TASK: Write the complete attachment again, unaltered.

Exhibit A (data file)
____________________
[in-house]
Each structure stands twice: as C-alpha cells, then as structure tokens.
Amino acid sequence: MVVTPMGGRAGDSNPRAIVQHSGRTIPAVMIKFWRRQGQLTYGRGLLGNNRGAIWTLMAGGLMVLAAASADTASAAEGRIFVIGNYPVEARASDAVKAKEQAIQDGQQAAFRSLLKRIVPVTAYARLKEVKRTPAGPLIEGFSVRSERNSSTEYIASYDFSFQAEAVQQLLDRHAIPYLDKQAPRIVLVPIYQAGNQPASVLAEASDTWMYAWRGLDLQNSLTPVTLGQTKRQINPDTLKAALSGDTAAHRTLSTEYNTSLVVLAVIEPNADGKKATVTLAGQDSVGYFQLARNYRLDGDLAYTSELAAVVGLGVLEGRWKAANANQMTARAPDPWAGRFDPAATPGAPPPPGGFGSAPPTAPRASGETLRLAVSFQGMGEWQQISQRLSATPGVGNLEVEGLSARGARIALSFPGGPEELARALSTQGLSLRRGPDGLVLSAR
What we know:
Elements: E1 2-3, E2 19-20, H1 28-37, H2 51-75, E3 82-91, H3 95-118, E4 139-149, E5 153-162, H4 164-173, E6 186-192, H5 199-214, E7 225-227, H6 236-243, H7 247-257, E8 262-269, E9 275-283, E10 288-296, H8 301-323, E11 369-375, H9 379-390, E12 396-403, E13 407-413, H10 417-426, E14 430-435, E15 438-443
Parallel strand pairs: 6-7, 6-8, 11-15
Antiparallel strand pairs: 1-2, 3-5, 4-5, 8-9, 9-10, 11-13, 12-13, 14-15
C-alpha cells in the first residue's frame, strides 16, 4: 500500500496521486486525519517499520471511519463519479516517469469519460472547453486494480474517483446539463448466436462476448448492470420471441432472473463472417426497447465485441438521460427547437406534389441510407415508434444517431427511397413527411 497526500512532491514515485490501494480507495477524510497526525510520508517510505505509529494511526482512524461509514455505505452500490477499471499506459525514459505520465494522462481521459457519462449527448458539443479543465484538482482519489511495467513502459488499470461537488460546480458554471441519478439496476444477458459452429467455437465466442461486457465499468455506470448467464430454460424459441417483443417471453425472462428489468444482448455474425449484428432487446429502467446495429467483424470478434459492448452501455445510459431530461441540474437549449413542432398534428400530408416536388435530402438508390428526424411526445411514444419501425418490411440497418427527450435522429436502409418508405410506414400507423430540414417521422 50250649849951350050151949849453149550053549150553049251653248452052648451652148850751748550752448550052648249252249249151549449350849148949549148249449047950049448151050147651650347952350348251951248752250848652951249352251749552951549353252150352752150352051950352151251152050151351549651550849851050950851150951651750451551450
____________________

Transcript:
[in-house]
Each structure stands twice: as C-alpha cells, then as structure tokens.
Amino acid sequence: MVVTPMGGRAGDSNPRAIVQHSGRTIPAVMIKFWRRQGQLTYGRGLLGNNRGAIWTLMAGGLMVLAAASADTASAAEGRIFVIGNYPVEARASDAVKAKEQAIQDGQQAAFRSLLKRIVPVTAYARLKEVKRTPAGPLIEGFSVRSERNSSTEYIASYDFSFQAEAVQQLLDRHAIPYLDKQAPRIVLVPIYQAGNQPASVLAEASDTWMYAWRGLDLQNSLTPVTLGQTKRQINPDTLKAALSGDTAAHRTLSTEYNTSLVVLAVIEPNADGKKATVTLAGQDSVGYFQLARNYRLDGDLAYTSELAAVVGLGVLEGRWKAANANQMTARAPDPWAGRFDPAATPGAPPPPGGFGSAPPTAPRASGETLRLAVSFQGMGEWQQISQRLSATPGVGNLEVEGLSARGARIALSFPGGPEELARALSTQGLSLRRGPDGLVLSAR
What we know:
Elements: E1 2-3, E2 19-20, H1 28-37, H2 51-75, E3 82-91, H3 95-118, E4 139-149, E5 153-162, H4 164-173, E6 186-192, H5 199-214, E7 225-227, H6 236-243, H7 247-257, E8 262-269, E9 275-283, E10 288-296, H8 301-323, E11 369-375, H9 379-390, E12 396-403, E13 407-413, H10 417-426, E14 430-435, E15 438-443
Parallel strand pairs: 6-7, 6-8, 11-15
Antiparallel strand pairs: 1-2, 3-5, 4-5, 8-9, 9-10, 11-13, 12-13, 14-15
C-alpha cells in the first residue's frame, strides 16, 4: 500500500496521486486525519517499520471511519463519479516517469469519460472547453486494480474517483446539463448466436462476448448492470420471441432472473463472417426497447465485441438521460427547437406534389441510407415508434444517431427511397413527411 497526500512532491514515485490501494480507495477524510497526525510520508517510505505509529494511526482512524461509514455505505452500490477499471499506459525514459505520465494522462481521459457519462449527448458539443479543465484538482482519489511495467513502459488499470461537488460546480458554471441519478439496476444477458459452429467455437465466442461486457465499468455506470448467464430454460424459441417483443417471453425472462428489468444482448455474425449484428432487446429502467446495429467483424470478434459492448452501455445510459431530461441540474437549449413542432398534428400530408416536388435530402438508390428526424411526445411514444419501425418490411440497418427527450435522429436502409418508405410506414400507423430540414417521422 50250649849951350050151949849453149550053549150553049251653248452052648451652148850751748550752448550052648249252249249151549449350849148949549148249449047950049448151050147651650347952350348251951248752250848652951249352251749552951549353252150352752150352051950352151251152050151351549651550849851050950851150951651750451551450